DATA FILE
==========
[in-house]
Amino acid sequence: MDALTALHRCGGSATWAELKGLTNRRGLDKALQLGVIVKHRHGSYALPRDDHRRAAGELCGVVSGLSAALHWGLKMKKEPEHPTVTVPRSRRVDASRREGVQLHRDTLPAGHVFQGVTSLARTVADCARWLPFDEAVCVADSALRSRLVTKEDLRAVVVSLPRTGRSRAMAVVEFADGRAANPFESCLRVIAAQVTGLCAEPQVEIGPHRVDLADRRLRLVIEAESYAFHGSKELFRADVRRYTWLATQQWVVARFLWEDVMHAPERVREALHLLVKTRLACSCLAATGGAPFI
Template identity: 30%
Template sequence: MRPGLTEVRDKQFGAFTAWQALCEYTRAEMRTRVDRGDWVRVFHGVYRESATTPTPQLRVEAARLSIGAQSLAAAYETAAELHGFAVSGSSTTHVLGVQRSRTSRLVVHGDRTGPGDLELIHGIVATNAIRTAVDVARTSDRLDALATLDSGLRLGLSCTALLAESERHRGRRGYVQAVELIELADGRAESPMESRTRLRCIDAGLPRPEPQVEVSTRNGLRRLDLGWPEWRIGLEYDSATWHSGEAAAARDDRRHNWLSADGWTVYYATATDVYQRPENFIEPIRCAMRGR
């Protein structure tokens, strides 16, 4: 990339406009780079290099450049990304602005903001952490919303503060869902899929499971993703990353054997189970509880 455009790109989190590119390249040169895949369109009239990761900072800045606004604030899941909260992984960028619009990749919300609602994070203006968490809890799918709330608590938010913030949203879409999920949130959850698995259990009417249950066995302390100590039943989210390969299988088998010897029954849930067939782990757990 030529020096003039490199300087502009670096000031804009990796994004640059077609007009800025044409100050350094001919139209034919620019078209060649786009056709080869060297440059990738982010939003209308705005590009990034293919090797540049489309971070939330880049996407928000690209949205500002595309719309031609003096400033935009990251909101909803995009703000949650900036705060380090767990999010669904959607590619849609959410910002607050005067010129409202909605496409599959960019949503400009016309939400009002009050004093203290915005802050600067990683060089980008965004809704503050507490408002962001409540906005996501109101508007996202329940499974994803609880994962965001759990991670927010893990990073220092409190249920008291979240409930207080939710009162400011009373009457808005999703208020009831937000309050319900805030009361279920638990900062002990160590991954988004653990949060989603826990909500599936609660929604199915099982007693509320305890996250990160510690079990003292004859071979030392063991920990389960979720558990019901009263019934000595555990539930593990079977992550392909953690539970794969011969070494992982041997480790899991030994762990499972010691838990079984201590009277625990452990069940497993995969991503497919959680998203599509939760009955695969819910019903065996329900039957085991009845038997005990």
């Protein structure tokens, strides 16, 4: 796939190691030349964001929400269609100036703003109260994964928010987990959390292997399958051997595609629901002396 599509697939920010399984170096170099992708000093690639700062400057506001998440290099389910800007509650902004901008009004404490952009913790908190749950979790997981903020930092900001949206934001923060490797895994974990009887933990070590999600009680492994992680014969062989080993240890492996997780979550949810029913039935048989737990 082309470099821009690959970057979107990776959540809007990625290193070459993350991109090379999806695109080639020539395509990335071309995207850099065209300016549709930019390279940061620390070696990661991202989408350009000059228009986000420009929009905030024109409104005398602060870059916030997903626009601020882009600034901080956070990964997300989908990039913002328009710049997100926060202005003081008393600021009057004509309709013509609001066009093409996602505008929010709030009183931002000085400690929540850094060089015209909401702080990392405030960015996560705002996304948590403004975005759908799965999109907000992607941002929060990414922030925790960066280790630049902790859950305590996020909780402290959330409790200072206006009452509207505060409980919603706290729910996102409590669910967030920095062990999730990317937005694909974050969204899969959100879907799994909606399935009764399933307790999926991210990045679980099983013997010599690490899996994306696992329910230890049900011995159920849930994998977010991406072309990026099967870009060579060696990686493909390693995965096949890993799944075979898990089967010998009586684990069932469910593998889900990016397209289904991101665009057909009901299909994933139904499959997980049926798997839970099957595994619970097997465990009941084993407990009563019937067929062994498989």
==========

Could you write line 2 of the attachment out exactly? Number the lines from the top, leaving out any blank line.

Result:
Amino acid sequence: MDALTALHRCGGSATWAELKGLTNRRGLDKALQLGVIVKHRHGSYALPRDDHRRAAGELCGVVSGLSAALHWGLKMKKEPEHPTVTVPRSRRVDASRREGVQLHRDTLPAGHVFQGVTSLARTVADCARWLPFDEAVCVADSALRSRLVTKEDLRAVVVSLPRTGRSRAMAVVEFADGRAANPFESCLRVIAAQVTGLCAEPQVEIGPHRVDLADRRLRLVIEAESYAFHGSKELFRADVRRYTWLATQQWVVARFLWEDVMHAPERVREALHLLVKTRLACSCLAATGGAPFI